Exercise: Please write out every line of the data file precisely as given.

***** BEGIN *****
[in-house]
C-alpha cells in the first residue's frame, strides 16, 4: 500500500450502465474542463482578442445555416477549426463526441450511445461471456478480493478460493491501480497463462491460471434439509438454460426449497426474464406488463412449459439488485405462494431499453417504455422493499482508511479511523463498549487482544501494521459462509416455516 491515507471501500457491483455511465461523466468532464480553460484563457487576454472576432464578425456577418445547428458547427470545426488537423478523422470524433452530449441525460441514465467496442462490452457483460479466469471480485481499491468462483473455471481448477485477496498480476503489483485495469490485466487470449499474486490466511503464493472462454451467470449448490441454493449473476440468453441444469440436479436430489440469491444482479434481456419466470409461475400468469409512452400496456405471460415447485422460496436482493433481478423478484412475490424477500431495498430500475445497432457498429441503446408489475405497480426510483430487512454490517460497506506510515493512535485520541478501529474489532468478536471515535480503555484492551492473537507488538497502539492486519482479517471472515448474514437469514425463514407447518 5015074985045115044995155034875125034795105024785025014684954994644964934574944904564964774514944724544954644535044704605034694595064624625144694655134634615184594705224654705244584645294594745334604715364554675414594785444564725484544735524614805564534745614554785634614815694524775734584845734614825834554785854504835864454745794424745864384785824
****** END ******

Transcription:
[in-house]
C-alpha cells in the first residue's frame, strides 16, 4: 500500500450502465474542463482578442445555416477549426463526441450511445461471456478480493478460493491501480497463462491460471434439509438454460426449497426474464406488463412449459439488485405462494431499453417504455422493499482508511479511523463498549487482544501494521459462509416455516 491515507471501500457491483455511465461523466468532464480553460484563457487576454472576432464578425456577418445547428458547427470545426488537423478523422470524433452530449441525460441514465467496442462490452457483460479466469471480485481499491468462483473455471481448477485477496498480476503489483485495469490485466487470449499474486490466511503464493472462454451467470449448490441454493449473476440468453441444469440436479436430489440469491444482479434481456419466470409461475400468469409512452400496456405471460415447485422460496436482493433481478423478484412475490424477500431495498430500475445497432457498429441503446408489475405497480426510483430487512454490517460497506506510515493512535485520541478501529474489532468478536471515535480503555484492551492473537507488538497502539492486519482479517471472515448474514437469514425463514407447518 5015074985045115044995155034875125034795105024785025014684954994644964934574944904564964774514944724544954644535044704605034694595064624625144694655134634615184594705224654705244584645294594745334604715364554675414594785444564725484544735524614805564534745614554785634614815694524775734584845734614825834554785854504835864454745794424745864384785824